Last year while the wonderful Elizabeth (Fuse #8) Bird counted down the results from her top 100 picture books poll, I followed along and analyzed different aspects of the results with an elaborate spreadsheet, occasionally sharing some of the interesting data points in the comment section of the Fuse #8 blog. This year I will make use of this new space to share data from the Top 100 Children's Novels poll.
Now that titles 100-71 have been announced there is enough data to see some interesting trends. Below are some of the observations (and questions) as well as some charts to visually represent said trends.
All but one of the novels on the list have come from the United States or United Kingdom. So far 73% (22) of the novels were originally published in the United States. 33% (7) novels were published first in the UK. Currently Pippi Longstocking (#95) is the only novel on the list not originally published in the English language. The Little Prince is surely a lock for the top 100, but what other non English language titles might we see? Will any Australian books make the cut? (Magic Pudding maybe?)
Before the results of the poll began to appear, I suspected a large showing from series books, but I did not suspect that 21 of the first 30 titles announced would be part of a series. Will this trend continue? Magnify? So far the Prydain series is the only one with multiple appearances so far but we can certainly count on see more from some of the series which have appeared (Potter, Little House) as well as multiple titles for series yet to appear such as the Dark Rising Sequence.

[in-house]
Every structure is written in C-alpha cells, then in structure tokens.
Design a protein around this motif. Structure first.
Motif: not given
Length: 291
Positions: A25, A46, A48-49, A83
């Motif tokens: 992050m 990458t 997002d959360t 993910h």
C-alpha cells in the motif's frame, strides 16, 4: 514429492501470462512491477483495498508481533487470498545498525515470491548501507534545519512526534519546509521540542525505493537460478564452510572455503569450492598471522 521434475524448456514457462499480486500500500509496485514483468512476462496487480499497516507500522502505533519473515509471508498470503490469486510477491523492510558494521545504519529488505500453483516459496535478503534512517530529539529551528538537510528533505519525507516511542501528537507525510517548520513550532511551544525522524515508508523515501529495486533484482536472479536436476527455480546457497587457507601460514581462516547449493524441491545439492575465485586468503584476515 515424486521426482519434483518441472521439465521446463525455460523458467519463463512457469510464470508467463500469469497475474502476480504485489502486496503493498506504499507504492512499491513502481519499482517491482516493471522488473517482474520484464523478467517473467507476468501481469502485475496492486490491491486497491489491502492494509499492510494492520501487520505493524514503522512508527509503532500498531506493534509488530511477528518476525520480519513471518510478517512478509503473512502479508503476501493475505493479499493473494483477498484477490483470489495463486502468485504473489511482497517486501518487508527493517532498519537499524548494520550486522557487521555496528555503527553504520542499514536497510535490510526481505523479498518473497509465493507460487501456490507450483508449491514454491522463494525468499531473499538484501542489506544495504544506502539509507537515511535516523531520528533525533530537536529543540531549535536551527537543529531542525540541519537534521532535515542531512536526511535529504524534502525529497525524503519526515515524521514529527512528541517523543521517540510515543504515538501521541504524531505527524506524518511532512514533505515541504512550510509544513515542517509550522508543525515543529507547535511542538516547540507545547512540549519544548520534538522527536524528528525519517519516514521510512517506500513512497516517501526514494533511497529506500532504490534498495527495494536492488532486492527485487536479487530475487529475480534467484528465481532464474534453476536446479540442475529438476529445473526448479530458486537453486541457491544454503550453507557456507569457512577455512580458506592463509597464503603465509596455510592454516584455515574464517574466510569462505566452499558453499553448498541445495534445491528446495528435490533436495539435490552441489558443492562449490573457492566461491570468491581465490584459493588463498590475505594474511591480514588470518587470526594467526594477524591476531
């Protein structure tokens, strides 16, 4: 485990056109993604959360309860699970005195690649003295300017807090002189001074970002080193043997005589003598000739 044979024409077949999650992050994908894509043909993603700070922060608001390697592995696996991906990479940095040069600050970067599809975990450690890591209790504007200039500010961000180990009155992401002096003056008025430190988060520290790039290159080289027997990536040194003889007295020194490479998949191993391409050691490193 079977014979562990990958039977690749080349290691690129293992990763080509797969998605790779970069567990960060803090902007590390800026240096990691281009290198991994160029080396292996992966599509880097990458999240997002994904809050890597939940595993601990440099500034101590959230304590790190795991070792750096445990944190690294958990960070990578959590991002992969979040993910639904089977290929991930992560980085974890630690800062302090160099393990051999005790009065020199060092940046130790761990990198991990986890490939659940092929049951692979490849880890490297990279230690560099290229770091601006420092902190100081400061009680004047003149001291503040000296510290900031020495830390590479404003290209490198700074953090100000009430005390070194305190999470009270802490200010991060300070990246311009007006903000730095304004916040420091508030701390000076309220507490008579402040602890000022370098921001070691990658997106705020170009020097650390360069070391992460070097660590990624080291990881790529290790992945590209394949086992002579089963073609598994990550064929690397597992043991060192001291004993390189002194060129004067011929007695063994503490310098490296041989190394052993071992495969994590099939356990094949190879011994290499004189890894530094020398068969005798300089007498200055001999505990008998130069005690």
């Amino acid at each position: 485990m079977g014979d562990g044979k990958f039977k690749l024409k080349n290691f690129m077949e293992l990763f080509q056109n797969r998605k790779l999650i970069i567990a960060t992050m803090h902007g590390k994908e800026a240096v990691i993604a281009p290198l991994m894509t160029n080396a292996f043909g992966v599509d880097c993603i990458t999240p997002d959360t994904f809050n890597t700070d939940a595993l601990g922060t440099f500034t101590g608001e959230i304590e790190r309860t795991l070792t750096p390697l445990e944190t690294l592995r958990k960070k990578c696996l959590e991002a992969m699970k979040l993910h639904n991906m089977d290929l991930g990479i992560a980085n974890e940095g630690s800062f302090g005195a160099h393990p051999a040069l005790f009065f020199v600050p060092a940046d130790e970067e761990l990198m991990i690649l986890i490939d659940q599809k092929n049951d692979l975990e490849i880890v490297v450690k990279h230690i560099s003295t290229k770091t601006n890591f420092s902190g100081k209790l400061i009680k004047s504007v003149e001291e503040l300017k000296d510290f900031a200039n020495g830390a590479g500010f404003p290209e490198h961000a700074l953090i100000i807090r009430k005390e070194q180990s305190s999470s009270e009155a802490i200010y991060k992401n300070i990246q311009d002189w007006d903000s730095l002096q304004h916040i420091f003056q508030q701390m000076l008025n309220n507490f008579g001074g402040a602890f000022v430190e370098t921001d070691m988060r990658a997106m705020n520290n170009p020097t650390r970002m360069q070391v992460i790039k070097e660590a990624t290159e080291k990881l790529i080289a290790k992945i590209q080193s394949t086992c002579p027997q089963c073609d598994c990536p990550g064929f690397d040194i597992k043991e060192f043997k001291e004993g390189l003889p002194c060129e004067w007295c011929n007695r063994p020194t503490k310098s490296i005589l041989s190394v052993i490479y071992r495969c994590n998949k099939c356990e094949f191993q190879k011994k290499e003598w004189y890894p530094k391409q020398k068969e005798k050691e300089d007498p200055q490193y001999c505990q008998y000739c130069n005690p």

Of the 30 novels, 22 where eligible for Newbery Medal. Seven won the medal and 8 more received the Honor. That's a whopping 68%. Two more titles won the Boston Globe/Horn Book Award. This is a trend I see continuing unless the second half of the list becomes entirely overrun with series books.
So far the title with the most votes is Sydney Taylor's All-of-a-Kind Family which has 14 votes but no first place votes. With an average ranking of 7.5 we can see that while lots of voters loved this title few loved it enough to make the top half of their own top tens (it did receive one 3rd place and one 4th place vote).
Four titles received 2 1st place votes (both Prydain books as well as Swallows and Amazons and The City of Ember). Below is a chart showing all the votes cast so far.
As you can see its a pretty even distribution. So far 30 titles into the top 100, there have been 260 votes accounted for and a total of 1389 points accounted for. We know there were over 250 ballots submitted, so we can assume there are at least 14000 points in all. Last year approximately 60% of the possible points were accounted for in the top 100. If the same percentage holds this year we can expect ~8400 points in the top 100 so like last year this poll appears to be heading to a very top heavy finish (though I doubt the level of consensus will be as high as there is probably not a Where the Wild Things Are type title in this poll, last year WWTA received 1/6th of the first place votes!).
The above chart shows that the 1990s currently have the most titles in the top 100 with 6 titles, followed closely by the 2000s and the 1950s with 5 titles apiece. The 1970s has only 2 titles at present, but I'm guessing many 1970s titles show up in the top 25 and balance it out. I choose 1860 as the earliest decade since I'm assuming Alice in Wonderland and Little Women both make the list. Is there anything older that stands a chance? For comparison, in last year's picture book poll the 1980s ended up with the most representation with 19 titles (see below).
Once there are more titles on announced breakdowns by author gender, publisher and series placement will become worthwhile but for now this is what I see. If you have any other questions or wonder about some other stat such as % titles written by authors with 7 letters in their middle name, or anything else note it in the comment section and I will do my best to pull the data out. If you would like a copy of my spreadsheet send me an email and I can send it to you. Unfortunately GoogleDocs isn't very good at the more complex crtl-shift-enter formulas that are used so I can't share a working copy in that way.